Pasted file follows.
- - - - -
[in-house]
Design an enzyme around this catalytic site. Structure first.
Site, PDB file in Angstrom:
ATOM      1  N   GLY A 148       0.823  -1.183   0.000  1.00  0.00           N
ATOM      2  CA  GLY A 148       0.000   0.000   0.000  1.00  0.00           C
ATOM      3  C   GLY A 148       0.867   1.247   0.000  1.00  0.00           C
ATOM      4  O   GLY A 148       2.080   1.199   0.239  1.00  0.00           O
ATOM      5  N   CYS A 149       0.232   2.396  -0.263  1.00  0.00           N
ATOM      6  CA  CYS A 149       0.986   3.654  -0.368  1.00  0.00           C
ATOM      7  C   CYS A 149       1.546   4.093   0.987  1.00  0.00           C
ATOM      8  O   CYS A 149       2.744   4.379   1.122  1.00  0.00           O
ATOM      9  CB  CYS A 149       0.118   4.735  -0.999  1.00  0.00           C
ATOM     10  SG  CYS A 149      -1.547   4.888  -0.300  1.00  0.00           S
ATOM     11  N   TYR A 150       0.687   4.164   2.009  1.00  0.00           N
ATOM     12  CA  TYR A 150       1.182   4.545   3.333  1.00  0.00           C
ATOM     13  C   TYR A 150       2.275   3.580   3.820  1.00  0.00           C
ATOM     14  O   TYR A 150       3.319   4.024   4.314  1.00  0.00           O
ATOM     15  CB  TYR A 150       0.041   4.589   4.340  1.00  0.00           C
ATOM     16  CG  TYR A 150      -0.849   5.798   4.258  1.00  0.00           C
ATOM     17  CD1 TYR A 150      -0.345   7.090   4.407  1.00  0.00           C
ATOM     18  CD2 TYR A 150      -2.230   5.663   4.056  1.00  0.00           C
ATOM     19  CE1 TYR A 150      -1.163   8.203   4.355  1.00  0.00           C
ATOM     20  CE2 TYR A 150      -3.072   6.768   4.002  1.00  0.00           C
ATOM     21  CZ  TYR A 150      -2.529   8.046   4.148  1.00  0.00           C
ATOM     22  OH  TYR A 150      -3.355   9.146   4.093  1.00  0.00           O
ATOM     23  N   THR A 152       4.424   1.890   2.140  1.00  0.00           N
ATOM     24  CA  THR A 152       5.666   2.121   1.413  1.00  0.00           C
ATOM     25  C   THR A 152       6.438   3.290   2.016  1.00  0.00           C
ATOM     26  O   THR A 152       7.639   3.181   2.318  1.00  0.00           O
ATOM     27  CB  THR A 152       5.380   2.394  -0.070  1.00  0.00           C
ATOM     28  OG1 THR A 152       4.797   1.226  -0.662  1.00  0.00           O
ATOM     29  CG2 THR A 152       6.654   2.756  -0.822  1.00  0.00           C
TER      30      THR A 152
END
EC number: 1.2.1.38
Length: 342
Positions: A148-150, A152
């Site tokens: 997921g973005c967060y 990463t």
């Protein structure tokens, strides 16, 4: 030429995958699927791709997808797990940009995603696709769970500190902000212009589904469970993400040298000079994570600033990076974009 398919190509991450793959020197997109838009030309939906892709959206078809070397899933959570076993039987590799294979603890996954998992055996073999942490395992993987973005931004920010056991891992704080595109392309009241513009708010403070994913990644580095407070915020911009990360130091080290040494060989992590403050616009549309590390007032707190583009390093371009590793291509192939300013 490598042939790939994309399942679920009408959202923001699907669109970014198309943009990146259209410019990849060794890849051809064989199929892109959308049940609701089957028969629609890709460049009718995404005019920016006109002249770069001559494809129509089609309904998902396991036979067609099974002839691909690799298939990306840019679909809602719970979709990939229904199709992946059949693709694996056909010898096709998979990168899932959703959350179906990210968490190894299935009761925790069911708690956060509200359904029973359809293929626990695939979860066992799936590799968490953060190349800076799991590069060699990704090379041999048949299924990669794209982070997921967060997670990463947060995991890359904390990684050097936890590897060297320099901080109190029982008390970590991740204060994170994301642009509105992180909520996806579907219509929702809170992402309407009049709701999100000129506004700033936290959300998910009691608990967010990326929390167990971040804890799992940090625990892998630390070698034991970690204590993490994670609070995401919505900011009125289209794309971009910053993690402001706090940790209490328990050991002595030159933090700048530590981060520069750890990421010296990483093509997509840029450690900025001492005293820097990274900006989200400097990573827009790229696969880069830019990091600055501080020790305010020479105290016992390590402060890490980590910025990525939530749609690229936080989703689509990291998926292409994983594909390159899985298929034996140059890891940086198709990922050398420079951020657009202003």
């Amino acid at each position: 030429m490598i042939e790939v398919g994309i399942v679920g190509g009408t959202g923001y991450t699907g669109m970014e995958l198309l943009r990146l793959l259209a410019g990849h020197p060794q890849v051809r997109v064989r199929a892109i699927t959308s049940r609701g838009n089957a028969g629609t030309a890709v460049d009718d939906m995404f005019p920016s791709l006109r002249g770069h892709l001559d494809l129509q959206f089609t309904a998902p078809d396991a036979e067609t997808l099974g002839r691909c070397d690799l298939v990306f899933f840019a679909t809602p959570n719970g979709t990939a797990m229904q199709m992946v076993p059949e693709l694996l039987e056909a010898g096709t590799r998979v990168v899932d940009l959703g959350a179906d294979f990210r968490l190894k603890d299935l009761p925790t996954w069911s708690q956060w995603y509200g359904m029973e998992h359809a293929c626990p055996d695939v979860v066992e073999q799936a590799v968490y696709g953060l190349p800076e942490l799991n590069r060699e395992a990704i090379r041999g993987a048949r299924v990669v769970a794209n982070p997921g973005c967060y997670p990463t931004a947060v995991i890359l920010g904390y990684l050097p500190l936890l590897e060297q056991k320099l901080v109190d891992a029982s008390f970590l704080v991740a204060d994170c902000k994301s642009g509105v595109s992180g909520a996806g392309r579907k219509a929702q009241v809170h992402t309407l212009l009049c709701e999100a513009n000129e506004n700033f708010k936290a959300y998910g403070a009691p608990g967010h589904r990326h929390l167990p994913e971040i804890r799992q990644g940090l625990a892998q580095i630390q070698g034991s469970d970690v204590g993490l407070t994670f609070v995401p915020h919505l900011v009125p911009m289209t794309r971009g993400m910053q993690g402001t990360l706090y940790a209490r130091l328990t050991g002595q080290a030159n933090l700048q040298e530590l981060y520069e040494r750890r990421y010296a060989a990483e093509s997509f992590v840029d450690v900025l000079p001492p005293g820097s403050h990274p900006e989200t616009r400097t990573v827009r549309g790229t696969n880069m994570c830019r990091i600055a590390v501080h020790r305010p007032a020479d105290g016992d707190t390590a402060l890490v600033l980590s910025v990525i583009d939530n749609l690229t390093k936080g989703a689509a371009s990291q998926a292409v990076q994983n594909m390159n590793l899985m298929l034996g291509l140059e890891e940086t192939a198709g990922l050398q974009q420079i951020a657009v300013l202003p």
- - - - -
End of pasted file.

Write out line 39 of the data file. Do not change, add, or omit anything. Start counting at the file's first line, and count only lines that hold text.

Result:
């Protein structure tokens, strides 16, 4: 030429995958699927791709997808797990940009995603696709769970500190902000212009589904469970993400040298000079994570600033990076974009 398919190509991450793959020197997109838009030309939906892709959206078809070397899933959570076993039987590799294979603890996954998992055996073999942490395992993987973005931004920010056991891992704080595109392309009241513009708010403070994913990644580095407070915020911009990360130091080290040494060989992590403050616009549309590390007032707190583009390093371009590793291509192939300013 490598042939790939994309399942679920009408959202923001699907669109970014198309943009990146259209410019990849060794890849051809064989199929892109959308049940609701089957028969629609890709460049009718995404005019920016006109002249770069001559494809129509089609309904998902396991036979067609099974002839691909690799298939990306840019679909809602719970979709990939229904199709992946059949693709694996056909010898096709998979990168899932959703959350179906990210968490190894299935009761925790069911708690956060509200359904029973359809293929626990695939979860066992799936590799968490953060190349800076799991590069060699990704090379041999048949299924990669794209982070997921967060997670990463947060995991890359904390990684050097936890590897060297320099901080109190029982008390970590991740204060994170994301642009509105992180909520996806579907219509929702809170992402309407009049709701999100000129506004700033936290959300998910009691608990967010990326929390167990971040804890799992940090625990892998630390070698034991970690204590993490994670609070995401919505900011009125289209794309971009910053993690402001706090940790209490328990050991002595030159933090700048530590981060520069750890990421010296990483093509997509840029450690900025001492005293820097990274900006989200400097990573827009790229696969880069830019990091600055501080020790305010020479105290016992390590402060890490980590910025990525939530749609690229936080989703689509990291998926292409994983594909390159899985298929034996140059890891940086198709990922050398420079951020657009202003």